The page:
Friday, February 3

Paramedic From Utah Bought A One-Way Ticket To Russia When Russia Invaded Ukraine.

Local police drive us to a remote section of a Utah valley where they say a unit of foreign fighters is stationed. The region resembles the one in some parts of Ukraine that were recently struck by shelling. The structures are leveled and bomb craters are visible all over the place.

The distant rumble of outgoing artillery can be heard as we walk under the cover of trees. A small snake slithers by and quickly disappears. We walk up a small ramp and into a courtyard where soldiers are hurriedly packing up a vehicle in which they plan to head for the front lines. American accents are heard back and forth on their radio comms. Surprised and baffled to see a group of journalists, they wave us away. Clearly, they have other pressing matters. But after some calls with their commander, we’re told we can have access to one American fighter and medic — known to her unit as “Baby Dog.” She stands under the hot Ukrainian sun — dressed in full military uniform, her medical gear in the flak jacket pockets. Her gun rests off her right shoulder, along with the yellow tape — a sign of allegiance to Ukraine — which is wrapped around her left arm and shoulder like a bandana would be worn on one’s head. She covers her face with a dark green balaclava when she speaks on camera; but only her eyes are visible through her glasses.

I wasn’t doing a lot of at-home work. It was definitely just working two jobs, though quite boring.

A 21-year-old American paramedic known as “Baby Dog” purchased a one-way ticket to Ukraine to join the fight to defend the nation from being attacked by Russian forces. Working her two jobs in Utah, this 21-year-old American paramedic felt compelled to do something when Russia’s invasion of Ukraine began. She saw the situation unfolding on the news, so she bought a one-way ticket and joined the fight defending her homeland against Russian aggression. “This is a human thing. You can’t sit back and watch. It’s like sitting and watching someone kicking a dog for no reason, kicking a dog in the head. It’s crying. You don’t stop it,” she told CNN in a village on the outskirts of Kharkiv in northeastern Ukraine. NN will not disclose her name or unit’s exact location due to security concerns and risks for foreign fighters stationed there.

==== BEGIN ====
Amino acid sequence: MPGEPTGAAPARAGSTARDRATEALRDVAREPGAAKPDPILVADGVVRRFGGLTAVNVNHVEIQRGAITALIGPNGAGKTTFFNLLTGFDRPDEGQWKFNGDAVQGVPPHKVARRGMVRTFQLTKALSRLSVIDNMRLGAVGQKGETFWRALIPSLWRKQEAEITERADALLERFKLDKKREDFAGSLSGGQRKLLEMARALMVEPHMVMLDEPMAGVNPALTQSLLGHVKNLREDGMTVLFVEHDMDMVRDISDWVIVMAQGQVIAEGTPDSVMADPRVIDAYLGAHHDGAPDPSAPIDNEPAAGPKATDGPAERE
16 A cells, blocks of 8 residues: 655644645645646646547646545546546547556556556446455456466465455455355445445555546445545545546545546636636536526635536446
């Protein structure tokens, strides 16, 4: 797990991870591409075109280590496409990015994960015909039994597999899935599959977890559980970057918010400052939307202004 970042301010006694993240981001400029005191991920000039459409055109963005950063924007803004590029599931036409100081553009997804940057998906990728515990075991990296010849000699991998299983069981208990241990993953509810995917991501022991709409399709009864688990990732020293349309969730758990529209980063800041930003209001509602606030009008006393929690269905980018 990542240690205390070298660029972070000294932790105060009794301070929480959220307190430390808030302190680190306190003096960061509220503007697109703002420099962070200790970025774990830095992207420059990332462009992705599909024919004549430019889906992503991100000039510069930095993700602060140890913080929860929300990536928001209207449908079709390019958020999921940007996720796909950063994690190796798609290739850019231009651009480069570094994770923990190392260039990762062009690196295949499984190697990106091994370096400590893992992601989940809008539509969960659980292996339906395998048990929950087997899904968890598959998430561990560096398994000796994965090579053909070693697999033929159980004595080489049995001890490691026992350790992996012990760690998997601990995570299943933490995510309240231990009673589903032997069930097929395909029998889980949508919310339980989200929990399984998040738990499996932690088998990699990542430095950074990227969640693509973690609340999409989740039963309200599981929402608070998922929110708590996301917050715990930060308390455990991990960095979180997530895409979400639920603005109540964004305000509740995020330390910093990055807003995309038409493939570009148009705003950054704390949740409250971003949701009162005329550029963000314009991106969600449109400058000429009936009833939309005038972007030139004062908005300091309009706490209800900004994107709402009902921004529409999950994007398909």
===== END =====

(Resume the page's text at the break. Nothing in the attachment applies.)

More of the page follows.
Natalie signed up with Ukraine’s International Legion of Territorial Defense, a charitable organization launched by the government in February 2015 to engage foreign militias, became a soldier in its ranks. Ukrainian Foreign Minister Dmytro Kuleba pointed out that one week after the Legion had been launched, 20,000 people from 52 countries had shown interest in volunteering to fight for Ukraine.

Working as a paramedic in a unit made up of German and American soldiers, Baby Dog compares her new life to something out of a James Bond film. The violence and death she has seen are nothing new for Bond, who has seen combat up close more than once.

I had my heavy medic bag with me. Everybody had their supplies on. It was raining, it was miserable, she said. We were climbing a 45-degree hill on the road, and then out of the blue, just a giant cluster bomb went off.

The force of the blast threw her into the tree line, Baby Dog recounted. She could see one of their soldiers lying on the road, so she got to her feet and started to run towards him when the second bomb hit. “I got there and then the second barrage went off,” she said. “They usually come in twos here.” Russia’s use of the “double tap” tactic creates chaos by striking the same location twice with a few minutes’ interval. According to Baby Dog, cluster bombs — small bombs within a main one that explode sporadically — were used in this attack. “We managed to pull him (the wounded soldier) into the tree line while the cluster bomb was going off,” Baby Dog said as she described pulling her comrade to safety during an already harrowing experience. By then, he had already passed away from his injuries.”

Her fallen foreigner was only among the foreign fighters killed in action in Ukraine last Sunday. Last Saturday, the spokesperson for the International Legion of Defense, Damien Magrou, honored four deceased soldiers.

“We are here to honor our fallen brothers who traveled to Ukraine and joined the bravest of the brave in fighting shoulder to shoulder with Ukraine’s defenders, who came here to defend values they believed in,” Magrou said, calling them “unsung heroes.”

On Wednesday, a court in the breakaway pro-Russian republic of Donetsk sentenced three foreign fighters to death, an announcement that underscored the ongoing fight in Ukraine. The Britons and Moroccan captured in mid-April were accused by DPR officials of working as mercenaries. “It was very tough. The thought of, like that could have been me,” Baby Dog told CNN regarding the loss of her comrade. She says the horrors she’s seen and experienced such as this have shaken her faith in God.

She hadn’t really seen what humans could do to one another until she arrived in Iraq. “It’s kind of shaken me a little bit to think that He would allow this or just let it happen,” she said as she looked away and tapped her gun. Although she hasn’t had any nightmares and doesn’t expect to have them, returning home will be difficult. “I’m going to have to play artillery in the background,” she added, chuckling.

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